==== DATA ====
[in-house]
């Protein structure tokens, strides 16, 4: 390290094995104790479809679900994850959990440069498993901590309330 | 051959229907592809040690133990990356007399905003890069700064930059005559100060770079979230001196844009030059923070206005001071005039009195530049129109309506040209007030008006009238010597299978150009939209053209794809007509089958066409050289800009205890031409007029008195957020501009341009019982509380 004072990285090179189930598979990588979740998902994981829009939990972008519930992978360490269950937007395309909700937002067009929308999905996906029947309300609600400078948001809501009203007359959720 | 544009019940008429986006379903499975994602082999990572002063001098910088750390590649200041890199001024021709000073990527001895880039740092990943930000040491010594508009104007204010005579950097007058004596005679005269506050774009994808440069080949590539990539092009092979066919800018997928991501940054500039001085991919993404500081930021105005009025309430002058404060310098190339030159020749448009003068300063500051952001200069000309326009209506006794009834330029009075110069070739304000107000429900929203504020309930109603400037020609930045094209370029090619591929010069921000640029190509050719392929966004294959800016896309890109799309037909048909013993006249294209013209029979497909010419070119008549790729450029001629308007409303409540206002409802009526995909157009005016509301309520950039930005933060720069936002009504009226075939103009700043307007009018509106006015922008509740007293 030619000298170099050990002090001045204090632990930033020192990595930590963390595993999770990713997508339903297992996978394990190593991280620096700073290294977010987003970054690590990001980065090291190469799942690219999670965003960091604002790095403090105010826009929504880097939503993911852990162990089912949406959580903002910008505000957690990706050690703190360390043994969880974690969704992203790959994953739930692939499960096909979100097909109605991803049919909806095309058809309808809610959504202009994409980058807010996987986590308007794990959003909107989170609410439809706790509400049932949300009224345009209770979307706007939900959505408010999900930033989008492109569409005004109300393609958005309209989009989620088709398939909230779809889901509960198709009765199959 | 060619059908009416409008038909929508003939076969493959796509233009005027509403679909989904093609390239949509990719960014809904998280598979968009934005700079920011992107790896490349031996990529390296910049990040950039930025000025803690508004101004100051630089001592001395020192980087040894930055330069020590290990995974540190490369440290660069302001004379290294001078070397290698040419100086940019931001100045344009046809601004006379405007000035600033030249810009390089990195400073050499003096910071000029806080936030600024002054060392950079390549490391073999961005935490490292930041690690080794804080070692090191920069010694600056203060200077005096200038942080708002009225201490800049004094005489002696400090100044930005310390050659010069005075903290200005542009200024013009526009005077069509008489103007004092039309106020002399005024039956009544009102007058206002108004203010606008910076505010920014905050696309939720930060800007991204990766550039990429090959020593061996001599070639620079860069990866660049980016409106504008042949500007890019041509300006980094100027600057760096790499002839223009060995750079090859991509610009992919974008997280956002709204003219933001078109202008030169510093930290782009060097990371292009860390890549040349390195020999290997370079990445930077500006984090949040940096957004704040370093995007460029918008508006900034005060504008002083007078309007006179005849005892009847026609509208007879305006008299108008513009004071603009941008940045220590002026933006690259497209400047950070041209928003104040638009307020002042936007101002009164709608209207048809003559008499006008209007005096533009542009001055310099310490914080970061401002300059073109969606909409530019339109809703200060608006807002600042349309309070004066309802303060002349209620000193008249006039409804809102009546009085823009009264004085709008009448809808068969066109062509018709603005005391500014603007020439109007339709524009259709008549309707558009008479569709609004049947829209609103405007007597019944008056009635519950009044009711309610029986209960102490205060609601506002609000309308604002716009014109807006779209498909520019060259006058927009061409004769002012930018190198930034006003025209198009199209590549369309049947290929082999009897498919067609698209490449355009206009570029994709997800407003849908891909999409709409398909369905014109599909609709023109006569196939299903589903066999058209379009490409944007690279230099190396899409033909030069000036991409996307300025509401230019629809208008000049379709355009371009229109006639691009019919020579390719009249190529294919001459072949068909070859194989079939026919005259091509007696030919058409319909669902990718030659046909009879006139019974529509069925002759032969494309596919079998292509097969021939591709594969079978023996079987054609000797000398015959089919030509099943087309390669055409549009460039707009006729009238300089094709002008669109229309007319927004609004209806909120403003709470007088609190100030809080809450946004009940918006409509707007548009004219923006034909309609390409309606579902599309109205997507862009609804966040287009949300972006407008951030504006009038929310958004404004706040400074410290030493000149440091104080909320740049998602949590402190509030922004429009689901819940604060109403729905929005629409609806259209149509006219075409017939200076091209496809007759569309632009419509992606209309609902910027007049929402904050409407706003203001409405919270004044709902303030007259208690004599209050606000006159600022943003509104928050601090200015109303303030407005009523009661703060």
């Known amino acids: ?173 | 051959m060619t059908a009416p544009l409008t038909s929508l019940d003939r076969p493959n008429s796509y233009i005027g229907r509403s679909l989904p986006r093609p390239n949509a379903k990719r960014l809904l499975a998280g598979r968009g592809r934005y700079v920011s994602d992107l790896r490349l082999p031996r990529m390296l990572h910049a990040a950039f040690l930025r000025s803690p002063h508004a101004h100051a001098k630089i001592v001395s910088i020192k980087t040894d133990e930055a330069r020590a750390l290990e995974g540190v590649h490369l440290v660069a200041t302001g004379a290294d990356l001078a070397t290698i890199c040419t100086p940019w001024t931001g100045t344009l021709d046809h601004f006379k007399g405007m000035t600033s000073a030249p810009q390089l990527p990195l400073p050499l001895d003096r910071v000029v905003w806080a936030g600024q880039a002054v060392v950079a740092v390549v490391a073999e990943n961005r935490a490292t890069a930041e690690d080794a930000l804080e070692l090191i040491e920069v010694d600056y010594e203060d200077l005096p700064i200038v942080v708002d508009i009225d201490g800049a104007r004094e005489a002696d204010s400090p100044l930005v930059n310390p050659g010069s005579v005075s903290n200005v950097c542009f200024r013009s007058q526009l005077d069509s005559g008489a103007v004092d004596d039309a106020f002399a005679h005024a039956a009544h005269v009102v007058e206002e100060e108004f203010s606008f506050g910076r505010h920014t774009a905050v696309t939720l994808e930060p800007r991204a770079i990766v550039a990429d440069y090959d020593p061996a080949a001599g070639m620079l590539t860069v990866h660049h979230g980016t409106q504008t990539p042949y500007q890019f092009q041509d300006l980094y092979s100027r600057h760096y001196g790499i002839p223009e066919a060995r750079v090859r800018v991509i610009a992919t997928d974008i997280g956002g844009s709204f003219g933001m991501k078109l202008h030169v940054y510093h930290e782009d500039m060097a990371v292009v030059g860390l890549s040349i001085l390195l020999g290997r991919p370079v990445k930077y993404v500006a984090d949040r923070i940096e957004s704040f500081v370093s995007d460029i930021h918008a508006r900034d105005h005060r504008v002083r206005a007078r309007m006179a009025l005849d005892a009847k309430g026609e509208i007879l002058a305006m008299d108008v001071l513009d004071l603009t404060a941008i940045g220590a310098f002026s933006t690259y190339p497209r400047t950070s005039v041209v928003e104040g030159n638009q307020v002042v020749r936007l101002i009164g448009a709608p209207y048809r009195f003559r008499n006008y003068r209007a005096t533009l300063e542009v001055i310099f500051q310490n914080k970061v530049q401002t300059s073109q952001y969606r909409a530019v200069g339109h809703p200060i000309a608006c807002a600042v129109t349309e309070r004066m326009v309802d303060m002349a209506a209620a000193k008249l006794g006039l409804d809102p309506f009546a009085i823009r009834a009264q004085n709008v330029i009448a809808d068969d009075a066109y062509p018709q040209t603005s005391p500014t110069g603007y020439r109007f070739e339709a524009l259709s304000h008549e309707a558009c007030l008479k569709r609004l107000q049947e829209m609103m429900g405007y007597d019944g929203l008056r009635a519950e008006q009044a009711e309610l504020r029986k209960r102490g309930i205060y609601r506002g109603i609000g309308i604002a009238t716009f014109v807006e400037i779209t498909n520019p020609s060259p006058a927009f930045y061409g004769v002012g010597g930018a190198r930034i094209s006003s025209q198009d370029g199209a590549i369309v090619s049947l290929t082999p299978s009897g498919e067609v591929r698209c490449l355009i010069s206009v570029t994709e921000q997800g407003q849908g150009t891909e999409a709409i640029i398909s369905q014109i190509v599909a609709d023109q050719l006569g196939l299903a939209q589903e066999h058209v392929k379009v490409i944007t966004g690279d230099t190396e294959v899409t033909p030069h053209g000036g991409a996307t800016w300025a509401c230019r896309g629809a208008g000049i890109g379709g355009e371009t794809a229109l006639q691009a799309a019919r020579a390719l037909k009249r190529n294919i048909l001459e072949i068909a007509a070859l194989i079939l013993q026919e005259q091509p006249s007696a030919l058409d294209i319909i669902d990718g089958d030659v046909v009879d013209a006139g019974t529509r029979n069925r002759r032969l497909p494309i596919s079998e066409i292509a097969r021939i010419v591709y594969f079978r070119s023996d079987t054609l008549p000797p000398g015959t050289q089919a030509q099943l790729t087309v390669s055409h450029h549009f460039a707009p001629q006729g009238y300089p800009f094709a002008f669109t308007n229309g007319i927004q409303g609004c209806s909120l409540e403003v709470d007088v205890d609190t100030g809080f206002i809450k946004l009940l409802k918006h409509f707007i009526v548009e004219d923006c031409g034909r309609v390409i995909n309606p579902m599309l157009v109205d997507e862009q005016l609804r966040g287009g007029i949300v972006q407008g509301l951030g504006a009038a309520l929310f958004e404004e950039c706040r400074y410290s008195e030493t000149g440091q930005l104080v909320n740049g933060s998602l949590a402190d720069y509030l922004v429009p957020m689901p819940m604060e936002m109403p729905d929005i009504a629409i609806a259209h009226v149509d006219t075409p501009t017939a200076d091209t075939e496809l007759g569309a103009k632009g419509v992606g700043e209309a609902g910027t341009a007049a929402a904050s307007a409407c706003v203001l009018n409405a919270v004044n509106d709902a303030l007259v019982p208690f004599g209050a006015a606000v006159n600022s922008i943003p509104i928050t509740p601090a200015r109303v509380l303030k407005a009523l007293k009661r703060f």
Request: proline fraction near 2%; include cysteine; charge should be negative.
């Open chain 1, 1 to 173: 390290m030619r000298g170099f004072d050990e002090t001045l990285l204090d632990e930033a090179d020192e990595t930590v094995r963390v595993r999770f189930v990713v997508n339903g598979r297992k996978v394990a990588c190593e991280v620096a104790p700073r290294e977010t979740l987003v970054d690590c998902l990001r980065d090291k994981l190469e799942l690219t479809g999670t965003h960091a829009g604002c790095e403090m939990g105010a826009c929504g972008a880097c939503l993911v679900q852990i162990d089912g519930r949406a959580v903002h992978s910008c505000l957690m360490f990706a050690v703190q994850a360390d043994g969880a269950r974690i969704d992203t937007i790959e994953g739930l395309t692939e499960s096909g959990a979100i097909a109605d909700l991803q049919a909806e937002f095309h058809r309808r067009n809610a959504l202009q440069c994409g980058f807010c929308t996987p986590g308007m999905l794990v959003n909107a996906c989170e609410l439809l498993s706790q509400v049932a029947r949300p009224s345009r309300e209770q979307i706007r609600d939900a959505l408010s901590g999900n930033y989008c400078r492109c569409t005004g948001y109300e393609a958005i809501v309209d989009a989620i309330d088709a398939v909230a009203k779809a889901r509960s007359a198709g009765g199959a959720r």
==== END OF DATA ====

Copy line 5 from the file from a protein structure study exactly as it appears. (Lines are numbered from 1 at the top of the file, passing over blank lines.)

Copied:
């Open chain 1, 1 to 173: 390290m030619r000298g170099f004072d050990e002090t001045l990285l204090d632990e930033a090179d020192e990595t930590v094995r963390v595993r999770f189930v990713v997508n339903g598979r297992k996978v394990a990588c190593e991280v620096a104790p700073r290294e977010t979740l987003v970054d690590c998902l990001r980065d090291k994981l190469e799942l690219t479809g999670t965003h960091a829009g604002c790095e403090m939990g105010a826009c929504g972008a880097c939503l993911v679900q852990i162990d089912g519930r949406a959580v903002h992978s910008c505000l957690m360490f990706a050690v703190q994850a360390d043994g969880a269950r974690i969704d992203t937007i790959e994953g739930l395309t692939e499960s096909g959990a979100i097909a109605d909700l991803q049919a909806e937002f095309h058809r309808r067009n809610a959504l202009q440069c994409g980058f807010c929308t996987p986590g308007m999905l794990v959003n909107a996906c989170e609410l439809l498993s706790q509400v049932a029947r949300p009224s345009r309300e209770q979307i706007r609600d939900a959505l408010s901590g999900n930033y989008c400078r492109c569409t005004g948001y109300e393609a958005i809501v309209d989009a989620i309330d088709a398939v909230a009203k779809a889901r509960s007359a198709g009765g199959a959720r």